February 18, 2005

Plan to raise fines for broadcasting indecent material easily wins House approval Wednesday despite censorship concerns.

From floor statement by Rep. Bernard Sanders:
Let me give just a couple of examples of increased censorship on the airwaves. In January of 2004, CBS refused to air a political advertisement during the Super Bowl by MoveOn.org that was critical of President Bush's role in creating the federal deficit. Last November, sixty-six ABC affiliates refused to air the brilliant World War II movie "Saving Private Ryan," starring Tom Hanks, for fear that they would be fined for airing programming containing profanity and graphic violence, even though ABC had aired the uncut movie in previous years. This ironically was a movie that showed the unbelievable sacrifices that American soldiers made on D-Day fighting for freedom against Hitler, but ABC affiliates around the country didn't feel free to show it. Last November, CBS and NBC refused to run a 30-second ad from the United Church of Christ because it suggested that gay couples were welcome to their Church. The networks felt that it was "too controversial" to air. And just last month, many PBS stations refused to air an episode of Postcards with Buster, a children's show, because Education Secretary Spellings objected to the show's content, which included Buster, an 8-year old bunny-rabbit, learning how to make maple syrup from a family with two mothers in Vermont.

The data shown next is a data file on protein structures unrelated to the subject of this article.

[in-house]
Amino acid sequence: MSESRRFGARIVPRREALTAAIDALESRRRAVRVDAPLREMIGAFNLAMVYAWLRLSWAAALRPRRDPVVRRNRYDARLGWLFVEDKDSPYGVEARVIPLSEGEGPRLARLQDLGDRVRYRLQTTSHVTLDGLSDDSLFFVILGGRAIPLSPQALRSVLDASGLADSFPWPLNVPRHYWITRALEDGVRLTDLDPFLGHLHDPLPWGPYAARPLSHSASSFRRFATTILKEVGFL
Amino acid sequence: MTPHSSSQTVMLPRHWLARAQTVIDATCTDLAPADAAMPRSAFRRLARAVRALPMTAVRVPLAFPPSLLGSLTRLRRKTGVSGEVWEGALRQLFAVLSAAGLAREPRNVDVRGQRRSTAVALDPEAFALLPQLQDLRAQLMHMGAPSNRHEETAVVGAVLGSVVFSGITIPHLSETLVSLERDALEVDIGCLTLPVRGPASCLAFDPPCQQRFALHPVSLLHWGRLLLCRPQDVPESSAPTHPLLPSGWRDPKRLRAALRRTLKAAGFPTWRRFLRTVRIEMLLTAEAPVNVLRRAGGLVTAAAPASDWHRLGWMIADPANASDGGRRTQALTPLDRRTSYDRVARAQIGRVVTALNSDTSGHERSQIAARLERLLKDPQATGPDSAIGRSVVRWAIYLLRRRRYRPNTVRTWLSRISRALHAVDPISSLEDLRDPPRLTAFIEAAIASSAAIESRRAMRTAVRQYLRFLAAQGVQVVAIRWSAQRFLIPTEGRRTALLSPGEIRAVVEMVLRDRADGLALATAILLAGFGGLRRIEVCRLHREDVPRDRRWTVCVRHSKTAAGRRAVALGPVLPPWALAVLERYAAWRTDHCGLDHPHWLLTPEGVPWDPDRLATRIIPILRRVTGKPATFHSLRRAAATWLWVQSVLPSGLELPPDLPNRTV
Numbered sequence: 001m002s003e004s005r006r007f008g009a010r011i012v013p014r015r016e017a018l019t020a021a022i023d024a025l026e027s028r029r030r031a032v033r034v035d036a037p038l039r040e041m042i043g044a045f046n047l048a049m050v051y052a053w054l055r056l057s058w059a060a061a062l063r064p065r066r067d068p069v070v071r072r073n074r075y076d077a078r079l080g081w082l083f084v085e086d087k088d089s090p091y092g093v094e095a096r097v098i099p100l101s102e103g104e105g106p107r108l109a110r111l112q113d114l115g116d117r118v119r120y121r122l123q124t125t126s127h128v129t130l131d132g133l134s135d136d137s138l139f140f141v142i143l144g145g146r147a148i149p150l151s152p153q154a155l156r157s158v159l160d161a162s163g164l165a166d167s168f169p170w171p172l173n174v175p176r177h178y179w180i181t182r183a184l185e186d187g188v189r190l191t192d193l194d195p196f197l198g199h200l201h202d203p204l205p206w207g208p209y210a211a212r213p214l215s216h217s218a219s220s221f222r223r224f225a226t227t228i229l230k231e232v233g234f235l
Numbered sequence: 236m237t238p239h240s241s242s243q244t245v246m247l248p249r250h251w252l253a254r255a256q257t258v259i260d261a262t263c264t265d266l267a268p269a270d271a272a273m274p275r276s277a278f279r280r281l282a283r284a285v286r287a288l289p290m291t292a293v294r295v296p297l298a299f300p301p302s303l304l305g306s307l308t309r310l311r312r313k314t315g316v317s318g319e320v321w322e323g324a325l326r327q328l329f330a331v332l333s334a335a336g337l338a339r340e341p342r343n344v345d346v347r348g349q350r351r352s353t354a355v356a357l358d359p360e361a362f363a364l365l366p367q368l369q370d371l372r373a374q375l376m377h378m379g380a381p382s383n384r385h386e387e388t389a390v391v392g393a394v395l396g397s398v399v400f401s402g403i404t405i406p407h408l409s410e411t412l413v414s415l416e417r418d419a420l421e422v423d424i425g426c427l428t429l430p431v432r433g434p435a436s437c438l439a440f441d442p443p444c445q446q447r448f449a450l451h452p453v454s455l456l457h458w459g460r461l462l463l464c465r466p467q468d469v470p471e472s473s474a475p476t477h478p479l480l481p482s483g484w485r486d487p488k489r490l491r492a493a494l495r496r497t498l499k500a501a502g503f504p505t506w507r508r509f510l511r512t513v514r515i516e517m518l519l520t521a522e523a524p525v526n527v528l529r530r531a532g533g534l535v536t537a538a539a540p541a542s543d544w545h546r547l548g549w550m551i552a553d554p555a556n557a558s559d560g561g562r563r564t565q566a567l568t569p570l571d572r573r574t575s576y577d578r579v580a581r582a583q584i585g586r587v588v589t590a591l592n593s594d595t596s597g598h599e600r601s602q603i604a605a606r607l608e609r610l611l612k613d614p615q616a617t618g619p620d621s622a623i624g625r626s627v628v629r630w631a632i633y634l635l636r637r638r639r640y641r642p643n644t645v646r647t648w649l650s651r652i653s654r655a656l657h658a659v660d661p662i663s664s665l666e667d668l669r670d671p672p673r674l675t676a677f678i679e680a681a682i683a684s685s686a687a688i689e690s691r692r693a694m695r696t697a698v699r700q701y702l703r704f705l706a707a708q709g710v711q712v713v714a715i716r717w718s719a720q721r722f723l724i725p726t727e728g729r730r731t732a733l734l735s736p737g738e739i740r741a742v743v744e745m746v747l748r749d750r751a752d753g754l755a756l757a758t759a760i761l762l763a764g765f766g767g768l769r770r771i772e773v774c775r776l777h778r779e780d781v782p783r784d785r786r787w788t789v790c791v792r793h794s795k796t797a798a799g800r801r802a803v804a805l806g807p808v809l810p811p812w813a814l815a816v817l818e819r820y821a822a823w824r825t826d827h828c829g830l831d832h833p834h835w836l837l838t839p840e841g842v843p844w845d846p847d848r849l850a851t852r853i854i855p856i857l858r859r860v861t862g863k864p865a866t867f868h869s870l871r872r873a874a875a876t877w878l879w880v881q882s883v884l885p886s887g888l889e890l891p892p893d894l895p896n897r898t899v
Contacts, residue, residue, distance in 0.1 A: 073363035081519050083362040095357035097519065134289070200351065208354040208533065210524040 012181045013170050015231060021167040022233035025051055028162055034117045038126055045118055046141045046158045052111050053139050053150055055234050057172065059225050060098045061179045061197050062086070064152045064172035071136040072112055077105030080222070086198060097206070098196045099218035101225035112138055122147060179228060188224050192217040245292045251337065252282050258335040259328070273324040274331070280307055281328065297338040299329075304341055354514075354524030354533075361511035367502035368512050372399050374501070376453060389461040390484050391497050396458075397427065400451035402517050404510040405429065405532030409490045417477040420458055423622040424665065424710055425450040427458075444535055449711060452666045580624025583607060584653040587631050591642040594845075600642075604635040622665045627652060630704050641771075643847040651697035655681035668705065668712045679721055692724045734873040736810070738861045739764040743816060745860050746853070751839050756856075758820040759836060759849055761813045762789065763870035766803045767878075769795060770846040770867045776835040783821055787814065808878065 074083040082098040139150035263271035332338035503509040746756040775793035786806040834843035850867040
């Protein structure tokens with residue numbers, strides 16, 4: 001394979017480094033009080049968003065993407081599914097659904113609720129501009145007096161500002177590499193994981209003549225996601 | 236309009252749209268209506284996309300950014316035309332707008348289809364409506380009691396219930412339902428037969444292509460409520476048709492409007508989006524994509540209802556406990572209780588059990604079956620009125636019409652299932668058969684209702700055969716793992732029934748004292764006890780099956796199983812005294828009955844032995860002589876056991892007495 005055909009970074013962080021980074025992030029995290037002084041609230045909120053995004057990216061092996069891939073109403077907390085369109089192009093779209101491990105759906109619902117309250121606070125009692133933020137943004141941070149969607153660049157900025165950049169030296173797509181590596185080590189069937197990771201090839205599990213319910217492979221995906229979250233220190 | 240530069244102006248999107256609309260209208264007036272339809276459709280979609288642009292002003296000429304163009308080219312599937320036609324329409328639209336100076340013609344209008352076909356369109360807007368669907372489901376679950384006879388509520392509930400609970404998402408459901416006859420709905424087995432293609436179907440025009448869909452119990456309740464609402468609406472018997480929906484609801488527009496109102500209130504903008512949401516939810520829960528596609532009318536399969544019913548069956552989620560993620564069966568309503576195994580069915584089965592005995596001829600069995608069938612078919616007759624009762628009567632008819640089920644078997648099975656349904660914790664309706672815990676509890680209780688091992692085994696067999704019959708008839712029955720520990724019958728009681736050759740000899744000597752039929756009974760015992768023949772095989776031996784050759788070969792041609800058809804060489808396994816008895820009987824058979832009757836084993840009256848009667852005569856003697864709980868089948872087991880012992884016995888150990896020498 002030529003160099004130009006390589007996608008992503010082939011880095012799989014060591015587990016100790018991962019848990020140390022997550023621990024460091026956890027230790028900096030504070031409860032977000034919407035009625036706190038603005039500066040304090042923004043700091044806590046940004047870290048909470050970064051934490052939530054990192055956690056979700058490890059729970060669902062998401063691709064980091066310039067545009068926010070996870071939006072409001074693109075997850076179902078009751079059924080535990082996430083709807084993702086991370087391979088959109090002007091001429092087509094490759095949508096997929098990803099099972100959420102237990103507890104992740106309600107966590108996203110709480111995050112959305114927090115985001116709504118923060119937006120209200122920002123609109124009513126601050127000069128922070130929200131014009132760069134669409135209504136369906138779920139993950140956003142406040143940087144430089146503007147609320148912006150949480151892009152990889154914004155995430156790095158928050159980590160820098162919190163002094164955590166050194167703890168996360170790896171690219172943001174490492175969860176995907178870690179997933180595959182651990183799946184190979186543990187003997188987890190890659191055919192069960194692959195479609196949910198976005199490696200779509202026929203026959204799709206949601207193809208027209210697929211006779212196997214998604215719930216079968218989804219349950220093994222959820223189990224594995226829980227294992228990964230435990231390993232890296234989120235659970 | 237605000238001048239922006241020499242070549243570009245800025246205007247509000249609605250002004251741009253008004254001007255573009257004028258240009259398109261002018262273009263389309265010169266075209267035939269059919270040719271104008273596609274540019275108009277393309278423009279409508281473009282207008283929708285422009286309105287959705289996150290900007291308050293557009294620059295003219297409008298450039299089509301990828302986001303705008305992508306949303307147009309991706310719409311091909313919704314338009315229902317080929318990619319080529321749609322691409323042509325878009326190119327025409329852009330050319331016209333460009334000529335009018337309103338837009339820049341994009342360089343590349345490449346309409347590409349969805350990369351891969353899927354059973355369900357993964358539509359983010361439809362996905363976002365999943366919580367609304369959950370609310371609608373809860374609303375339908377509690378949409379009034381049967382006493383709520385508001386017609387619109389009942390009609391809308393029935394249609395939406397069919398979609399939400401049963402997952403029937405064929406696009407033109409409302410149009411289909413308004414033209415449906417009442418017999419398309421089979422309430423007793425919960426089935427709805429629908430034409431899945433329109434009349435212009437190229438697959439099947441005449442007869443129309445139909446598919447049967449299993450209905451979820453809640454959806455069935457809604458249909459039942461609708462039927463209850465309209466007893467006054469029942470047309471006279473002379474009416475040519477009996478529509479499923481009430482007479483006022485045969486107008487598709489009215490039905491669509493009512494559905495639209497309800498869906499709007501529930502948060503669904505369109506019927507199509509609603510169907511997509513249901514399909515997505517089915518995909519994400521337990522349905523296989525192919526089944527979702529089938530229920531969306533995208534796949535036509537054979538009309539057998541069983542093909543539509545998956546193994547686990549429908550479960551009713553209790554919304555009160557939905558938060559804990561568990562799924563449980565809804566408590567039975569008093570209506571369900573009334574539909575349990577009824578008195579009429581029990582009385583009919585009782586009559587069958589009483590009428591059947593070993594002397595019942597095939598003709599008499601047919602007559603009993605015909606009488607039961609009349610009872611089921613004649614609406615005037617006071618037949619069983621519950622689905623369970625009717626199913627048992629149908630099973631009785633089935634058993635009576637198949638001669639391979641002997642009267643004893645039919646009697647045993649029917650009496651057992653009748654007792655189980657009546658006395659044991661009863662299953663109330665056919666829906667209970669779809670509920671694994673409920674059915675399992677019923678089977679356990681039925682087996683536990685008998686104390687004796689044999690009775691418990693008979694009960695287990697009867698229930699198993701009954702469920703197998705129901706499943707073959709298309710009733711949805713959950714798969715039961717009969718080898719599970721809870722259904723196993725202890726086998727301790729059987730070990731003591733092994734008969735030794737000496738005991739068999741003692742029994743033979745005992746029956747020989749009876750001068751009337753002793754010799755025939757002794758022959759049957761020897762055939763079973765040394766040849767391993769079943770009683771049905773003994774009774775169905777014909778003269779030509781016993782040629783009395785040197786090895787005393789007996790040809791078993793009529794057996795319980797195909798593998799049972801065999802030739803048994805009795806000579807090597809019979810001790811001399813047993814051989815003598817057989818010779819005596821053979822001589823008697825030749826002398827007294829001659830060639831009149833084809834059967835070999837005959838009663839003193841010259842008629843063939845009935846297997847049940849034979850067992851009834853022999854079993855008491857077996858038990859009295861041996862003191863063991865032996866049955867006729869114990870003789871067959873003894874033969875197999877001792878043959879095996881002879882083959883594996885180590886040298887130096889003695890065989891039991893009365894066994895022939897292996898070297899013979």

Mr. Speaker, each of these examples represent a different aspect of the culture of censorship that is growing in America today. My fear is that the legislation we have before us today will only compound this problem and make a bad situation worse.

This legislation would impose vastly higher fines on broadcasters for so-called indecent material. But this legislation does not provide any relief from the vague standard of indecency that can be arbitrarily applied by the FCC. That means broadcasters, particularly small broadcasters, will have no choice but to engage in a very dangerous cycle of self-censorship to avoid a fine that could drive some of them into bankruptcy. Broadcasters are already doing it now. Imagine what will happen when a violation can bring a $500,000 fine. If this legislation is enacted, the real victim will be free expression and Americans' First Amendment rights. more....

February 17, 2005

What the Rest of the World Watched on Inauguration Day  

Dublin, on U.S. Inauguration Day, didn't seem to notice. Oh, they played a few clips that night of the American president saying, "The survival of liberty in our land increasingly depends on the success of liberty in other lands."

But that was not their lead story.

The picture on the front page of The Irish Times was a large four-color picture of a small Iraqi girl. Her little body was a coil of steel. She sat knees up, cowering, screaming madly into the dark night. girl